A Just Reckoning

May 19, 2021 @ 7:00PM — 8:30PM Eastern Time (US & Canada)

Be an agent of change

A Just Reckoning image

Transitional Justice and Lynching in Maryland

There are currently no tickets available for this event, but you can still make a donation.


Maryland today has a unique and historic opportunity. It alone, among all states, has made a deliberate decision to confront its dark history of racial terror lynching.

Even before the wave of protests touched off by the murders of George Floyd, Breonna Taylor and others, Maryland was positioning itself for this reckoning.

In 2019 the state legislature unanimously passed an act creating the Maryland Lynching Truth and Reconciliation Commission (MLTRC), the first and only one of its kind in the country. The Commission is tasked to:

  • learn the truth about the 40 known racial terror lynchings in the state
  • assess the damage these unsolved murders continue to wreak
  • make recommendations for addressing the legacy of lynching
  • begin to imagine what a project of racial reconciliation might look like

Today, the momentum for change in the nation offers an opportunity to advance truth and acknowledgment as the basis for defining reparations and reforms that will unravel systemic racism in the US. The MLTRC gives Maryland the opportunity, and responsibility, to lead this effort.

The tools of transitional justice may be vital in this quest. According to the International Center for Transitional Justice (ICTJ), “transitional justice is a response to systematic or widespread violations of human rights. It seeks recognition for victims and promotion of possibilities for peace, reconciliation and democracy.”

Around the globe, ICTJ has observed that the success of transitional justice efforts depends on windows of opportunity when there is both demand from citizens and political will. Such a window has opened in Maryland, but it’s critical that we act soon because the political winds will eventually change, and when they do, established efforts and institutions will be more resistant to being dismantled.

In Maryland, our time is now.

Join the International Center for Transitional Justice and the Maryland Lynching Memorial Project for an online virtual forum to explore how the tools and techniques of transitional justice can support truth and reconciliation efforts in the state and set an example for the nation.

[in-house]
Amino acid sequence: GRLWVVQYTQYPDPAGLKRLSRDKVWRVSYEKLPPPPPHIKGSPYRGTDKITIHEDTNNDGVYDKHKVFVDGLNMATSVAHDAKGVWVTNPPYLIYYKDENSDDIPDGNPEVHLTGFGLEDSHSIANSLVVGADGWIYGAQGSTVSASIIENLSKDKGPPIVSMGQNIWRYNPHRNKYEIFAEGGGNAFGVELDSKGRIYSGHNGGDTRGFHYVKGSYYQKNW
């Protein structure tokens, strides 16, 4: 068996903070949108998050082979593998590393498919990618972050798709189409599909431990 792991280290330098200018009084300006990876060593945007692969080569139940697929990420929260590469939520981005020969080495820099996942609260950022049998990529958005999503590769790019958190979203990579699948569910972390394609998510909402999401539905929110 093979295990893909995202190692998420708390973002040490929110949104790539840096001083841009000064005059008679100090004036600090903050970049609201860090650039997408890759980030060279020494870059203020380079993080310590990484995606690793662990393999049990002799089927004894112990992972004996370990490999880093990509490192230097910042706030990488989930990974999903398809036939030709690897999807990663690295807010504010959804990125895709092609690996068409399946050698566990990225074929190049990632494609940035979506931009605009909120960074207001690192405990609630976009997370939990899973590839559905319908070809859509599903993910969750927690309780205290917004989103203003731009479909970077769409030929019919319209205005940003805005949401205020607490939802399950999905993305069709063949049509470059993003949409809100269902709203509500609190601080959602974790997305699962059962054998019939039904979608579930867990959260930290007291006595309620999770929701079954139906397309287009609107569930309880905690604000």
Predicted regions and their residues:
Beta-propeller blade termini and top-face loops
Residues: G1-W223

Panelists include:

  • Dr. Kelebogile Zvobgo, founder and Director of the International Justice Lab at
    William & Mary
  • Dr. Nicholas Creary, Associate Provost of Academic Inclusion and Innovation at Moravian College and MLTRC Commissioner
  • Virginie Ladisch, Senior Expert, ICTJ
  • Terri Freeman, Executive Director, Reginald F. Lewis Museum of Maryland African American History and Culture
  • Clory Jackson, Founder of the Brownsville Project and the Allegany County Lynching Truth and Reconciliation Committee (ACLTRC)

Proposed Program:

Introduction: Moment of Opportunity

MLTRC in Context-Framing the work

  • What is Transitional Justice? How does it apply to Maryland’s Truth and Reconciliation efforts?
  • What is Restorative Justice? How does restorative justice inform the mandate of the Maryland Lynching Truth and Reconciliation Commission?

Public Hearings- Raising awareness and catalyzing engagement

  • How have other truth commissions used public hearings as a way to raise public awareness and catalyze engagement in the issues being discussed? What formats and approaches have been most effective in other contexts?

What is my role? Institutional Engagement and Citizen Engagement

  • How can the general public, universities, schools, communities, and NGOs engage in and support the work of the ML TRC? What about non-traditional partnerships, who they would be?
  • For this work to succeed, we need buy in from both institutions and from young people who will be carrying this work forward. How can the work of the MLTRC and other local initiatives help young people become engaged citizens who help shape Maryland’s present and future to be more just and inclusive?

What does reconciliation mean for Maryland? What does it look like?

  • What does reconciliation mean? Reconciliation with whom? What are necessary steps we need to take before being able to talk about reconciliation?
  • What are we working towards in the end? What are realistic expectations? What is the time frame for this work?
  • How can we use arts-based initiatives to open spaces for diverse audiences to reflect on and discuss these issues? How can the art community help address enduring legacies of injustice at the grassroots level in Maryland? What type of support is needed?